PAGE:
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DP/30: Samsara, filmmakers Ron Fricke & Mark Magidson

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4 Responses to “DP/30: Samsara, filmmakers Ron Fricke & Mark Magidson”

  1. Sarah says:

    What an annoying interviewer! The filmmakers seem interesting but they appear to be as annoyed with the douche as I was.

  2. Jim says:

    Yeah, the interviewer needs to turn down the annoying a bit.

  3. etguild2 says:

    Finally got time to watch this. I watched BARAKA the first time I ever partook in cannabis at 17 at an aging Virginia theatre that still screened 70mm…I believe it still does…and was blown away. Saw it subsequently without substance and felt the same, an experience that has rarely worked for me (BLACK SWAN comes to mind recently and not much else). Saw it once on DVD I believe but never saw extras….this was GREAT DP.

    Also, it made me more interested in DP/30’s in general. You need an alphabetical archive. Not a messy timeline where the reader needs to read every title to see if what they’re looking for is there. For instance, you interviewed Ms. Ronan 8 months after her film’s release…who the hell would guess that except dedicated blog readers? I just discovered your DRIVE/Albert Brooks interview which is a GEM. Unfortunately, unless you’re a dedicated reader, your pieces will disappear quickly unless you get a better archival setup. A lot of people love a lot of the films and filmmakers you interview, but you need more exposure and that starts with a better setup. MCN needs some sort of overhaul in general (why the hell is Noah, and I loved his work, still listed among columnists) and DP/30’s could be a main selling point for a re-brand.

    I don’t believe that most hollywood journalists do your type of in-depth interviews on a piece and there is certainly a wider audience than what you’re getting.

  4. etguild2 says:

    Also, this is blatantly spitballing, but your actor interviews are dynamic, and some filmmakers’ are…but many just ramble about inside baseball technical and distribution issues and you let them run wild in opening moments. THE INTERRUPTERS= best sociological US doc of the last few years, but the filmmakers kill their own film by going on and on on and on. You try to stop them 5 minutes in, but by then it’s too late. As they say in football DP, GO IN STRONG. On the blog you are Tim Russert. In the DP/30s, you often become Diane Sawyer.

    I just went on a very enjoyable DP/30 rampage and I’m apparently sanj, because I want more.

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It shows how out of it I was in trying to be in it, acknowledging that I was out of it to myself, and then thinking, “Okay, how do I stop being out of it? Well, I get some legitimate illogical narrative ideas” — some novel, you know?

So I decided on three writers that I might be able to option their material and get some producer, or myself as producer, and then get some writer to do a screenplay on it, and maybe make a movie.

And so the three projects were “Do Androids Dream of Electric Sheep,” “Naked Lunch” and a collection of Bukowski. Which, in 1975, forget it — I mean, that was nuts. Hollywood would not touch any of that, but I was looking for something commercial, and I thought that all of these things were coming.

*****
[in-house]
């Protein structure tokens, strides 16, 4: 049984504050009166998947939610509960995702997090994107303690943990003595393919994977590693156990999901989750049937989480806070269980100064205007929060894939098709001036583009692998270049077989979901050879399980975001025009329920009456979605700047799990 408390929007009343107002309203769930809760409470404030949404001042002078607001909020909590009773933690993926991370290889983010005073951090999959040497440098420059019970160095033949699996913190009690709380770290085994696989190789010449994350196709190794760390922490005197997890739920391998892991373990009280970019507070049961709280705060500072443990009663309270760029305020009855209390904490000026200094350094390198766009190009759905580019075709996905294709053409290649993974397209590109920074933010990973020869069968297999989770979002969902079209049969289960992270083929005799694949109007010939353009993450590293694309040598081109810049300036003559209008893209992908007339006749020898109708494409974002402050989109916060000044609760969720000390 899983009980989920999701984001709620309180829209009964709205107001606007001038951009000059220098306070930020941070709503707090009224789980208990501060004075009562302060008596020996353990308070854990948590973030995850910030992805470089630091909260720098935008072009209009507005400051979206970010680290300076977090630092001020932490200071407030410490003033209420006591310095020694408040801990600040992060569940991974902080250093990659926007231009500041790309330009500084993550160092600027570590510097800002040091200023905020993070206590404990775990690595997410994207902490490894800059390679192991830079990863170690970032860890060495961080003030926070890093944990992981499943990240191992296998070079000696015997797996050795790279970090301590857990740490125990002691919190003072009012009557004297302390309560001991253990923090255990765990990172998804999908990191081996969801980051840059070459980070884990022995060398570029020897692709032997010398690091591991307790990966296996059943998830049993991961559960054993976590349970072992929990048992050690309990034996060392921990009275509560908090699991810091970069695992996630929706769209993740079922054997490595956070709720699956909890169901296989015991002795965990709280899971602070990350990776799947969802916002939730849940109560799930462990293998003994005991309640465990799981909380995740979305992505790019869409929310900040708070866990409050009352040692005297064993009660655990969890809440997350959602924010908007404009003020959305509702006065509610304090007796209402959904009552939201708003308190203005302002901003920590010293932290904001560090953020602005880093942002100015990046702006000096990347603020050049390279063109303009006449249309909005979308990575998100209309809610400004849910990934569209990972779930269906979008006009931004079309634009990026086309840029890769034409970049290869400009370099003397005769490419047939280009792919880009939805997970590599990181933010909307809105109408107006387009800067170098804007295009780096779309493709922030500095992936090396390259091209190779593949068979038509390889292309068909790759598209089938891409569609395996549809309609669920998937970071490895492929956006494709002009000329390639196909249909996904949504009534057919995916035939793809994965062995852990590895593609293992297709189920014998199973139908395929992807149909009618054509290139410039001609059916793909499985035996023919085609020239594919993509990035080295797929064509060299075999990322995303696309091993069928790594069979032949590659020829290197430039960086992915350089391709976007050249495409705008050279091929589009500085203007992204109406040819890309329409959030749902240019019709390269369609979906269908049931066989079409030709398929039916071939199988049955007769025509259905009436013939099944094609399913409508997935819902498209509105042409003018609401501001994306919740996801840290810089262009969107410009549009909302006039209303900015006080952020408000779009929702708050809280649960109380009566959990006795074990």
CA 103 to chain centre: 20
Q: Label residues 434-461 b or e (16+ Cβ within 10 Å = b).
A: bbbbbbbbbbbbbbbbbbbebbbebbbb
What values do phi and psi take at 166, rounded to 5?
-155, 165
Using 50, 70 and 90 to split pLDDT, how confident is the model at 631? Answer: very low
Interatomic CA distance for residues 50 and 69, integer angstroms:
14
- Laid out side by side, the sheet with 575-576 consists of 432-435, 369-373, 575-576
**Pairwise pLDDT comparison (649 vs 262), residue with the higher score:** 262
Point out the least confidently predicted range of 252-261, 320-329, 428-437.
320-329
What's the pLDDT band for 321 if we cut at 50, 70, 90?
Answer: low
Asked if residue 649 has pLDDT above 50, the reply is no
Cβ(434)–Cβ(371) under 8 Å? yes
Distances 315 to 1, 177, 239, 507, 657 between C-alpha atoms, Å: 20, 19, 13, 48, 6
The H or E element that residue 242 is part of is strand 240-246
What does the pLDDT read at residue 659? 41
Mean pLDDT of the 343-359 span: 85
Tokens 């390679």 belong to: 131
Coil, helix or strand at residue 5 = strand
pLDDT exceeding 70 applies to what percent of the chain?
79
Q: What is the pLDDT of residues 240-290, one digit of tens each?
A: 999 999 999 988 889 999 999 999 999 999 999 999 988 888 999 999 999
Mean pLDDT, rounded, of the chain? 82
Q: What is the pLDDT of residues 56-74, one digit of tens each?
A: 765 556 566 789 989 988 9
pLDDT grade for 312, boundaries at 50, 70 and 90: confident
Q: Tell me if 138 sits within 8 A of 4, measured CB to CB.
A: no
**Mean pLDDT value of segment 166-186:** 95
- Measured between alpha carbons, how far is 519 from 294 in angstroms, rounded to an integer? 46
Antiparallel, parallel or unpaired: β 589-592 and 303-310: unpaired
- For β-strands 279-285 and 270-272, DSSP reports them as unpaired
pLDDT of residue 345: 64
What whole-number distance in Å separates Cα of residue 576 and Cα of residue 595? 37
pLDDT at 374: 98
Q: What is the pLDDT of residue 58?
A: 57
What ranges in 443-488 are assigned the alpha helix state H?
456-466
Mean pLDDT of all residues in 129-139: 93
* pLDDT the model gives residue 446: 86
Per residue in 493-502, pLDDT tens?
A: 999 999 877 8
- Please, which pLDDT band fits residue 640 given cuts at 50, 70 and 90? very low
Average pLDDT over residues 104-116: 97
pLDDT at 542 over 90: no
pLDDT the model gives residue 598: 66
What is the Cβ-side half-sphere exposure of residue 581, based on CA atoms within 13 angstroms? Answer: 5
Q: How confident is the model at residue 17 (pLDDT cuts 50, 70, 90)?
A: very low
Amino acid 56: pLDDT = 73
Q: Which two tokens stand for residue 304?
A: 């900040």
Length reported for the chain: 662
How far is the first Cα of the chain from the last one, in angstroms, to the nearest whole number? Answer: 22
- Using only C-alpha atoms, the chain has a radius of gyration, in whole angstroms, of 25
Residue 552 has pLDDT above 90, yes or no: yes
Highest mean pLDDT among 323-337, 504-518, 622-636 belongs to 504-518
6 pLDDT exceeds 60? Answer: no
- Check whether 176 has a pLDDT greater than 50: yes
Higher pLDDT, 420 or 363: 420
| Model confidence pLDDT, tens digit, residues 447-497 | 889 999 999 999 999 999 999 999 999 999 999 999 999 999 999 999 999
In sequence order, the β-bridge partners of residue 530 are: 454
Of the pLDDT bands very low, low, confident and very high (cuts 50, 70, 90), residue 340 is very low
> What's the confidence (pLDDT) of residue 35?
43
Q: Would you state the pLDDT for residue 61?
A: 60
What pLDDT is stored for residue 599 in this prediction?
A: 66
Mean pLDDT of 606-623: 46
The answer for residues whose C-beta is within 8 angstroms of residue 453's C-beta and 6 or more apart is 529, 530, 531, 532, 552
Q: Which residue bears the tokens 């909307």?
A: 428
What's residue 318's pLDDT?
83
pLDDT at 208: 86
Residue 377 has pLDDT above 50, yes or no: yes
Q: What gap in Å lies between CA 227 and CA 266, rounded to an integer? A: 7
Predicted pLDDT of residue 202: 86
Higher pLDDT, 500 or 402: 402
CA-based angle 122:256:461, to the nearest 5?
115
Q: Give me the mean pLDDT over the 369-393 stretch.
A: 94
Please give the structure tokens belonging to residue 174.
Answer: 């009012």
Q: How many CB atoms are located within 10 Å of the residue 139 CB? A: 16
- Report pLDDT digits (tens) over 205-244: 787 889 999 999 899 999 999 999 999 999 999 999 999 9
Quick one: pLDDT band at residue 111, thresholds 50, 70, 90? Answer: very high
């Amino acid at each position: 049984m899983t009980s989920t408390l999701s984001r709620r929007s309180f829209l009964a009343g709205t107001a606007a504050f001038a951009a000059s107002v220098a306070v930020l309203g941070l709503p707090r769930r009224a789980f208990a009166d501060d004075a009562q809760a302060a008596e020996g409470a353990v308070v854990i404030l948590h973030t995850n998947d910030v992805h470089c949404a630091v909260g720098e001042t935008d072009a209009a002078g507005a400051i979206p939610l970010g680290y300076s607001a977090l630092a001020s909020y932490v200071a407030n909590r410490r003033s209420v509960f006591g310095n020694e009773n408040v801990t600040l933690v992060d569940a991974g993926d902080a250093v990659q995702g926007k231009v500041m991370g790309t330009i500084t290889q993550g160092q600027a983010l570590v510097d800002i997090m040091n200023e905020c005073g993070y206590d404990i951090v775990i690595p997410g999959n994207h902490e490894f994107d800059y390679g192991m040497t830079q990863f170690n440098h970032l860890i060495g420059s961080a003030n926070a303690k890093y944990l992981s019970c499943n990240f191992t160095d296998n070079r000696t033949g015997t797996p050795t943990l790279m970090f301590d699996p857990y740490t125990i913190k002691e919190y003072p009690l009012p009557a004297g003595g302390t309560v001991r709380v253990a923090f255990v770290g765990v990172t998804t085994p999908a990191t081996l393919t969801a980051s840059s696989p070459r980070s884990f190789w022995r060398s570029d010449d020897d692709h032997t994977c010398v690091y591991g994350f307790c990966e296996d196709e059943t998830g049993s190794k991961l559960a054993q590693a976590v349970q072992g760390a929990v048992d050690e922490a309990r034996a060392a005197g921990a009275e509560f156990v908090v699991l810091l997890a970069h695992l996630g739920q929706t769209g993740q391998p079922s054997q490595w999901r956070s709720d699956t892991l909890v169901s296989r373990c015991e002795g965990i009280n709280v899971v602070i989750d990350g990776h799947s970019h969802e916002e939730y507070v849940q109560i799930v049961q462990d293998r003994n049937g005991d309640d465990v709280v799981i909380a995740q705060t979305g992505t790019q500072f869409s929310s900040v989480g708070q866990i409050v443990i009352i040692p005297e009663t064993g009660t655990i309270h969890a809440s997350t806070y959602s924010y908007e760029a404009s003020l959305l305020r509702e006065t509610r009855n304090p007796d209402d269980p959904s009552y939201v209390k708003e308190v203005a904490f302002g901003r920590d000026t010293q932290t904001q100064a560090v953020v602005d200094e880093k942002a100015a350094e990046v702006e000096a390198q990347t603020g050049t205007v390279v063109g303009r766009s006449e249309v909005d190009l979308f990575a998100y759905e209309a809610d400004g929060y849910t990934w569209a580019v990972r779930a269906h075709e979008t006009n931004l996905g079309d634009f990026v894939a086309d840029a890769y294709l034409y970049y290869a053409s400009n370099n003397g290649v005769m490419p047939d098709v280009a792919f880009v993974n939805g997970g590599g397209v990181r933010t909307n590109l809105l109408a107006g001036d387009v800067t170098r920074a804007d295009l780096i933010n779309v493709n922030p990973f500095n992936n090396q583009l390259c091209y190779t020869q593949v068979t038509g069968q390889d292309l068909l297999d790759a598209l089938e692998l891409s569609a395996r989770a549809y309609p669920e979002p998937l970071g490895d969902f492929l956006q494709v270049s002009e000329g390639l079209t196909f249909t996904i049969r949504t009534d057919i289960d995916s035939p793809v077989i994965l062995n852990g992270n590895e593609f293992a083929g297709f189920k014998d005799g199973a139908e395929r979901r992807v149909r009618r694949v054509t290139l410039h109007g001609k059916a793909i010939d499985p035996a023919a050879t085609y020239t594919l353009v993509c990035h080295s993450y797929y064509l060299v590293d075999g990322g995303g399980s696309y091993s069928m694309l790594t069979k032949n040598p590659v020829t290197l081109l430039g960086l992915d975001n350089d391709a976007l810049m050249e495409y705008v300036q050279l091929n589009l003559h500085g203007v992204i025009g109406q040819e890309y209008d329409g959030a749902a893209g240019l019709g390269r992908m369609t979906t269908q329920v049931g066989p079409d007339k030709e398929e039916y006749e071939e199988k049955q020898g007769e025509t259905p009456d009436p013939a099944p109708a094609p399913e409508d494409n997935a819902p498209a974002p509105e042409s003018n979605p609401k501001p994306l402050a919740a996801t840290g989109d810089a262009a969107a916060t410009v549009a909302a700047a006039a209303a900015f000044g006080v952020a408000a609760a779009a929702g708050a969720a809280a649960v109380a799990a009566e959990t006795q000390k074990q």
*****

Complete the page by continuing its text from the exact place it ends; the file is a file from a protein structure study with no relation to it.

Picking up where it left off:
There would be no Blade Runner if there was no Ray Bradbury. I couldn’t find Philip K. Dick. His agent didn’t even know where he was. And so I gave up.

I was walking down the street and I ran into Bradbury — he directed a play that I was going to do as an actor, so we know each other, but he yelled “hi” — and I’d forgot who he was.

So at my girlfriend Barbara Hershey’s urging — I was with her at that moment — she said, “Talk to him! That guy really wants to talk to you,” and I said “No, fuck him,” and keep walking.

But then I did, and then I realized who it was, and I thought, “Wait, he’s in that realm, maybe he knows Philip K. Dick.” I said, “You know a guy named—” “Yeah, sure — you want his phone number?”

My friend paid my rent for a year while I wrote, because it turned out we couldn’t get a writer. My friends kept on me about, well, if you can’t get a writer, then you write.”
~ Hampton Fancher

“That was the most disappointing thing to me in how this thing was played. Is that I’m on the phone with you now, after all that’s been said, and the fundamental distinction between what James is dealing with in these other cases is not actually brought to the fore. The fundamental difference is that James Franco didn’t seek to use his position to have sex with anyone. There’s not a case of that. He wasn’t using his position or status to try to solicit a sexual favor from anyone. If he had — if that were what the accusation involved — the show would not have gone on. We would have folded up shop and we would have not completed the show. Because then it would have been the same as Harvey Weinstein, or Les Moonves, or any of these cases that are fundamental to this new paradigm. Did you not notice that? Why did you not notice that? Is that not something notable to say, journalistically? Because nobody could find the voice to say it. I’m not just being rhetorical. Why is it that you and the other critics, none of you could find the voice to say, “You know, it’s not this, it’s that”? Because — let me go on and speak further to this. If you go back to the L.A. Times piece, that’s what it lacked. That’s what they were not able to deliver. The one example in the five that involved an issue of a sexual act was between James and a woman he was dating, who he was not working with. There was no professional dynamic in any capacity.

~ David Simon